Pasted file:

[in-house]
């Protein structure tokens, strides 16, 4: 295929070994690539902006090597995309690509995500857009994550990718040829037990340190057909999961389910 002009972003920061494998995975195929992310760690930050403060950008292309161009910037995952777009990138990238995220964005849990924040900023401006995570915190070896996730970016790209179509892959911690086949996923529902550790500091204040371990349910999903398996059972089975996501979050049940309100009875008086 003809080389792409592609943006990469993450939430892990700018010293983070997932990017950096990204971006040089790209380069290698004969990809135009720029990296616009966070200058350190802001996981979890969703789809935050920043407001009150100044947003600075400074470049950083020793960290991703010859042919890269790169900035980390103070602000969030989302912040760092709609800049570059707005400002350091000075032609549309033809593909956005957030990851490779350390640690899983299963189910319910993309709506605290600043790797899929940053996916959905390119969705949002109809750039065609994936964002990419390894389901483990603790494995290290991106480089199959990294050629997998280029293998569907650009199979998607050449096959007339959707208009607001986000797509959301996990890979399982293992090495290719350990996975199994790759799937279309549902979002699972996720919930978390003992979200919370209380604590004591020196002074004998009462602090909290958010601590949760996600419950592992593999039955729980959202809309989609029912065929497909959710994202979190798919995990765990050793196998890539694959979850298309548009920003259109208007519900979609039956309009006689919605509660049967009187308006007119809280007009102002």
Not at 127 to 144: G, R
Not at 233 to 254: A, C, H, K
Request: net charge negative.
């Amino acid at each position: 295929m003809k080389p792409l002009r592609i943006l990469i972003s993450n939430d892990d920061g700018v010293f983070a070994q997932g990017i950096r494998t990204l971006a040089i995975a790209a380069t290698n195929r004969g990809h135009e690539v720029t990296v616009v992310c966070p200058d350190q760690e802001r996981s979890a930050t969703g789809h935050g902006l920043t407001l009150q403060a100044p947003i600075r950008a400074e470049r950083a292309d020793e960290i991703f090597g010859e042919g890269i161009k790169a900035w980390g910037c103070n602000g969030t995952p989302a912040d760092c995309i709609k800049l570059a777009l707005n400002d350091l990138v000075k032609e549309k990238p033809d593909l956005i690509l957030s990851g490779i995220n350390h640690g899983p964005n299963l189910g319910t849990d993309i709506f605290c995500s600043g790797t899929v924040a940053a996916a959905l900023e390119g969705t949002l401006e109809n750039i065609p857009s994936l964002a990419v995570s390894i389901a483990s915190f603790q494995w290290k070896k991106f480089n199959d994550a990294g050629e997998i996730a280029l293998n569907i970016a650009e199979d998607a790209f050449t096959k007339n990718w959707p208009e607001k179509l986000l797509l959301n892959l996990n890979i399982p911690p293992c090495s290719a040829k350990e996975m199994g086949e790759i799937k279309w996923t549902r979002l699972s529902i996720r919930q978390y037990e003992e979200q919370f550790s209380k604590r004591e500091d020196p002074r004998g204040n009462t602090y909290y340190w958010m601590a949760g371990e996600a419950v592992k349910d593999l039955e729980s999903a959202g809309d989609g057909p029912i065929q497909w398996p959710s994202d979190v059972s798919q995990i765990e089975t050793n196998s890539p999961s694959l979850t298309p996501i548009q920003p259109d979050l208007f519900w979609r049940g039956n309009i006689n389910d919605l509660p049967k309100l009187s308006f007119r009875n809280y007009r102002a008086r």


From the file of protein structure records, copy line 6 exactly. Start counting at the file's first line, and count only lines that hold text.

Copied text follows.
């Amino acid at each position: 295929m003809k080389p792409l002009r592609i943006l990469i972003s993450n939430d892990d920061g700018v010293f983070a070994q997932g990017i950096r494998t990204l971006a040089i995975a790209a380069t290698n195929r004969g990809h135009e690539v720029t990296v616009v992310c966070p200058d350190q760690e802001r996981s979890a930050t969703g789809h935050g902006l920043t407001l009150q403060a100044p947003i600075r950008a400074e470049r950083a292309d020793e960290i991703f090597g010859e042919g890269i161009k790169a900035w980390g910037c103070n602000g969030t995952p989302a912040d760092c995309i709609k800049l570059a777009l707005n400002d350091l990138v000075k032609e549309k990238p033809d593909l956005i690509l957030s990851g490779i995220n350390h640690g899983p964005n299963l189910g319910t849990d993309i709506f605290c995500s600043g790797t899929v924040a940053a996916a959905l900023e390119g969705t949002l401006e109809n750039i065609p857009s994936l964002a990419v995570s390894i389901a483990s915190f603790q494995w290290k070896k991106f480089n199959d994550a990294g050629e997998i996730a280029l293998n569907i970016a650009e199979d998607a790209f050449t096959k007339n990718w959707p208009e607001k179509l986000l797509l959301n892959l996990n890979i399982p911690p293992c090495s290719a040829k350990e996975m199994g086949e790759i799937k279309w996923t549902r979002l699972s529902i996720r919930q978390y037990e003992e979200q919370f550790s209380k604590r004591e500091d020196p002074r004998g204040n009462t602090y909290y340190w958010m601590a949760g371990e996600a419950v592992k349910d593999l039955e729980s999903a959202g809309d989609g057909p029912i065929q497909w398996p959710s994202d979190v059972s798919q995990i765990e089975t050793n196998s890539p999961s694959l979850t298309p996501i548009q920003p259109d979050l208007f519900w979609r049940g039956n309009i006689n389910d919605l509660p049967k309100l009187s308006f007119r009875n809280y007009r102002a008086r």